Bluetongue detected in Northern Ireland
An imported heifer was detected with the disease and farmers are being urged to remain vigilant.

An imported heifer from France has been detected with Bluetongue in Northern Ireland.

Although not deemed an “outbreak” until the disease is found to be circulating, farmers have been warned to remain vigilant.

The UK remains officially Bluetongue-free.

Restricted herd movements

Earlier this year, French cattle farmers were ordered to restrict their herd movements and vaccinate animals against the disease.

Bluetongue does not cause harm to humans, but can reduce milk yield and fertility in animals.

In October, imported cattle and sheep in Britain were found to have the disease.

“The Department is also tracing and testing associated herds and an epidemiological investigation has been initiated to assess the situation," according to a DAERA statement.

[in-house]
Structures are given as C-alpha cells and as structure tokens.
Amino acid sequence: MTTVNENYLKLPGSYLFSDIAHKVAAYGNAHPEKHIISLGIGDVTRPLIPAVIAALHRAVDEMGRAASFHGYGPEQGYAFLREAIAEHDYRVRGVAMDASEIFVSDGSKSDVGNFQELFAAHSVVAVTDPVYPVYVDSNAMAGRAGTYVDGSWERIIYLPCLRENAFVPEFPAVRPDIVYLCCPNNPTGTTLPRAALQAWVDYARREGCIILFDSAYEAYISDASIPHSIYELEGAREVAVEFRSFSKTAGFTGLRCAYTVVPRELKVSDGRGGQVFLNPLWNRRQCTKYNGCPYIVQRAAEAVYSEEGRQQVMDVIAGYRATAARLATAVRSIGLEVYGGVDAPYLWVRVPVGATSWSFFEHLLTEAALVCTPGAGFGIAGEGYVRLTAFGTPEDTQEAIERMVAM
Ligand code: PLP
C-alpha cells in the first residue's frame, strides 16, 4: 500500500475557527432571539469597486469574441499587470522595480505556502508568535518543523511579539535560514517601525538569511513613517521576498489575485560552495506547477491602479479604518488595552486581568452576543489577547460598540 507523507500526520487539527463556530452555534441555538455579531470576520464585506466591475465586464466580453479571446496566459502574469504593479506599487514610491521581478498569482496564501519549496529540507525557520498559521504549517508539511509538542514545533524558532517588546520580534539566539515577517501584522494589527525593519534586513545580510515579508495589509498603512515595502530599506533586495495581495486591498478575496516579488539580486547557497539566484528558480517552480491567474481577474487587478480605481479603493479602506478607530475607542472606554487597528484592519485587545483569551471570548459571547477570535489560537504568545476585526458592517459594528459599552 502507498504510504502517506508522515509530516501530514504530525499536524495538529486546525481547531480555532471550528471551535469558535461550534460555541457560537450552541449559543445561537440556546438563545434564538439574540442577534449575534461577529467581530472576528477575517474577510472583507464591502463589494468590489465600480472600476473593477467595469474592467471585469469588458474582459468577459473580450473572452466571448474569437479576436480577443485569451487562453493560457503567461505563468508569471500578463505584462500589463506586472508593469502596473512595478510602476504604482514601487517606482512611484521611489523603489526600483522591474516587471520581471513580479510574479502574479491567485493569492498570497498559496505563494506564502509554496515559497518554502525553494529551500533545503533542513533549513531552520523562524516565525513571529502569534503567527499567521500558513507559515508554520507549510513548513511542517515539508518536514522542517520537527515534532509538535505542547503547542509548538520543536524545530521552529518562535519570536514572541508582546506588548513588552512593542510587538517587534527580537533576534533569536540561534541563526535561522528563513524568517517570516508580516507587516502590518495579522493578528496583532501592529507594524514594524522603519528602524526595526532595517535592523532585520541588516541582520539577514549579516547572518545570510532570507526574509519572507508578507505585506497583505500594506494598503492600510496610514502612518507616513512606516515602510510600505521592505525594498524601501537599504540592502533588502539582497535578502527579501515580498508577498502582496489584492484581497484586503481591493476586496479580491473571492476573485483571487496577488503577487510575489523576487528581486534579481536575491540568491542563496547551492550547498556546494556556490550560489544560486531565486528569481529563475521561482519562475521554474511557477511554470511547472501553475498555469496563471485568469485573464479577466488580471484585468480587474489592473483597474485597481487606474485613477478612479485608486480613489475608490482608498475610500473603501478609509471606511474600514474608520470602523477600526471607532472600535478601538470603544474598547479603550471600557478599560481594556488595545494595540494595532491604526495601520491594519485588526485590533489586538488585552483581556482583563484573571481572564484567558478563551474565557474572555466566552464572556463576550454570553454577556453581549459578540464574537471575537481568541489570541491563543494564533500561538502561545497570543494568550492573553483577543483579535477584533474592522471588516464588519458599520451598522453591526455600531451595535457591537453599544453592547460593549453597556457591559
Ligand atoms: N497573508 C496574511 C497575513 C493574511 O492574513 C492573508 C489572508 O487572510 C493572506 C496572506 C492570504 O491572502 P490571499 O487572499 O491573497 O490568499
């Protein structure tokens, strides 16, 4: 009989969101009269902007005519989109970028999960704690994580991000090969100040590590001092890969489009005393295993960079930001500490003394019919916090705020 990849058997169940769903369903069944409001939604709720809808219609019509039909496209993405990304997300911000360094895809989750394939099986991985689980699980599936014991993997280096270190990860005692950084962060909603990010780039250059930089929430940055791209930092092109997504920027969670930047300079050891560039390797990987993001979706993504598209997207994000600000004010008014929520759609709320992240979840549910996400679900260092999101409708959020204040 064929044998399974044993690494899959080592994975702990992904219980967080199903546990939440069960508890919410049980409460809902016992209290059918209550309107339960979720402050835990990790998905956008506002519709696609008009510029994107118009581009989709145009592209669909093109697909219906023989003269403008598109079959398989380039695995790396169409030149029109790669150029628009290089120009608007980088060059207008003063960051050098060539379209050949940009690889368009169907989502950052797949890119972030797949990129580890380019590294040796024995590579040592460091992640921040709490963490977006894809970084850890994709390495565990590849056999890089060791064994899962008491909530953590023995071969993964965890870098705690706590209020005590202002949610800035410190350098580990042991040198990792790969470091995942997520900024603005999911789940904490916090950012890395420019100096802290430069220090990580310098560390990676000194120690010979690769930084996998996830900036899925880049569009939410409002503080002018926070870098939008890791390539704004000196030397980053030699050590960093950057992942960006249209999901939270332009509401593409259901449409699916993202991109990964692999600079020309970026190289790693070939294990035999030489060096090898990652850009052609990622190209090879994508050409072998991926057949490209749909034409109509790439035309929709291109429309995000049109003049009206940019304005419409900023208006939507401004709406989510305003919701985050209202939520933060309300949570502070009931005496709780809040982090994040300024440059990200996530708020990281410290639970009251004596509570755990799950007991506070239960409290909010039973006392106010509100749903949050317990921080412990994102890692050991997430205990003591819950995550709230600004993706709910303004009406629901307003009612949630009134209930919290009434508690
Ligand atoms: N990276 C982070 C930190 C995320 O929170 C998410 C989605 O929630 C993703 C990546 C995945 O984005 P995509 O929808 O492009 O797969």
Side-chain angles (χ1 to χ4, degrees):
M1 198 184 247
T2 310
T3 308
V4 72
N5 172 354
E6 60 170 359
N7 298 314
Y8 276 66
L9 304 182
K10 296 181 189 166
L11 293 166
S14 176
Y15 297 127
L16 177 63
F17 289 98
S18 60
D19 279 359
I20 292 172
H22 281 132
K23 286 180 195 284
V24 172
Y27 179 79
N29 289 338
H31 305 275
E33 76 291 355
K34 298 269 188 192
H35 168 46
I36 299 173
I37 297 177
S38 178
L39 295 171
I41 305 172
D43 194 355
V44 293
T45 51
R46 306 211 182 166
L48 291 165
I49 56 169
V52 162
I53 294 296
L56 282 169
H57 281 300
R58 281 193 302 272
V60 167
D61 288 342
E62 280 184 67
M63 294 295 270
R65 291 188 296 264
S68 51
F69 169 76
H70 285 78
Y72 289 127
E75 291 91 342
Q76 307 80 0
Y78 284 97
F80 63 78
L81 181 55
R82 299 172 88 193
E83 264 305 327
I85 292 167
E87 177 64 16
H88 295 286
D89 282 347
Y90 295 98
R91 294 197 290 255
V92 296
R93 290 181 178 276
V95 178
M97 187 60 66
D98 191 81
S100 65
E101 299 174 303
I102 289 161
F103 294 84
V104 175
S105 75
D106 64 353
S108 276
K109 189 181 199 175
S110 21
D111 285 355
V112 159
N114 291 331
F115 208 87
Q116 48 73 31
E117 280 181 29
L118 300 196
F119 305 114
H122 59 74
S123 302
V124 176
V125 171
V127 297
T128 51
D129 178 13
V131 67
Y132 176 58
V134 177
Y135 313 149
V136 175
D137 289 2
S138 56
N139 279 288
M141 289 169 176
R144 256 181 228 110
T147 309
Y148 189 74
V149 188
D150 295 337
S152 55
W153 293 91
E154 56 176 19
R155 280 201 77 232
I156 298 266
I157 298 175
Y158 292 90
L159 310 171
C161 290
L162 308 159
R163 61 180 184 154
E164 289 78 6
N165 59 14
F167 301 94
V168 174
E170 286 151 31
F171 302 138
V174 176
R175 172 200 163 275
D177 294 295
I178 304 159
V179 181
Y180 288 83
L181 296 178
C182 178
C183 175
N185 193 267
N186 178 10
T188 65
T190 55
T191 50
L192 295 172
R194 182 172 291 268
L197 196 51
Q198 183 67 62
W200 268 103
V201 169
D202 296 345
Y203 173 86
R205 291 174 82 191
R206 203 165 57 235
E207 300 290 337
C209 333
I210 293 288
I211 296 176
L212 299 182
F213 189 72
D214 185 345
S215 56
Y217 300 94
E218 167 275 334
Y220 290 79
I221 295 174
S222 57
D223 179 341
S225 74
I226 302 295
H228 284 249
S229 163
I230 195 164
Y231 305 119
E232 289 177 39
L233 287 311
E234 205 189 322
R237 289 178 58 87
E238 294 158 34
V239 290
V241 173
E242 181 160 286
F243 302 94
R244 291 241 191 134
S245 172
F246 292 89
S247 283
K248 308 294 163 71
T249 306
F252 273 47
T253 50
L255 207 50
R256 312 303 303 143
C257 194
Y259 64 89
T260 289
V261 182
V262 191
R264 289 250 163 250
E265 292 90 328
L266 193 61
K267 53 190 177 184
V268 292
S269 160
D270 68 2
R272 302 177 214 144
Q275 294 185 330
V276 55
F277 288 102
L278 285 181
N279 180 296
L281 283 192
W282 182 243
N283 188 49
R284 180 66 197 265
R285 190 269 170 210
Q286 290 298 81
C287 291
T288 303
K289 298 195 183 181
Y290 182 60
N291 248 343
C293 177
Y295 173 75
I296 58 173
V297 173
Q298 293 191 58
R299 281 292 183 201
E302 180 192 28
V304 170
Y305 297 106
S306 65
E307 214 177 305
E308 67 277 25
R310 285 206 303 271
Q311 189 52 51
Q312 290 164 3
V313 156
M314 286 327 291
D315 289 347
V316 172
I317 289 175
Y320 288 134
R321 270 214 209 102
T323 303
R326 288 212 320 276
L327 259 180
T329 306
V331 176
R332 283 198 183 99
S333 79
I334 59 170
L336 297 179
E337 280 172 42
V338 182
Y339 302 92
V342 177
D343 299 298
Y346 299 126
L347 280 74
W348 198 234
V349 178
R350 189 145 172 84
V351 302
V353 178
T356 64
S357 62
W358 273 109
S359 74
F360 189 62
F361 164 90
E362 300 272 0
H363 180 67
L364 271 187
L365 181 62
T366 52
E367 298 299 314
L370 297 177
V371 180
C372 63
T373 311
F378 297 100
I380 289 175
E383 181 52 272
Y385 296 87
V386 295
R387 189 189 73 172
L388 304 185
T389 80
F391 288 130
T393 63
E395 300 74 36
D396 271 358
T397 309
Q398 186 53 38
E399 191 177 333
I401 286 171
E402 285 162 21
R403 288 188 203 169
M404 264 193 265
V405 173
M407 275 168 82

"This investigation will help determine if disease is circulating. However, as we are now outside the active midge period, this is highly unlikely.”

ICSA protests low lamb prices in Co Wexford
The organisation is opposing 'savage price cuts' outside the Irish Country Meats factory this Monday.

The ICSA's sheep committee is mounting a protest against falling lamb prices outside ICM Camolin in Co Wexford this Monday morning .

“It costs a lot of money to rear these lambs and we need to be getting a minimum of €7/kg to make it viable. Right now, prices have gone well below the €6/kg mark, plus we’re getting hammered by weight limits,” said the organisation's sheep chair Sean McNamara.

He accused factories of importing lamb into the Republic to depresse prices, despite strong trade in the UK.

EID was supposed to help, but all that has done is increase costs

"EID was supposed to help, but all that has done is increase costs for us while factories and marts drag their heals on installing the necessary readers," McNamara said. He added that new exports markets so far had not delivered money for the primary producers.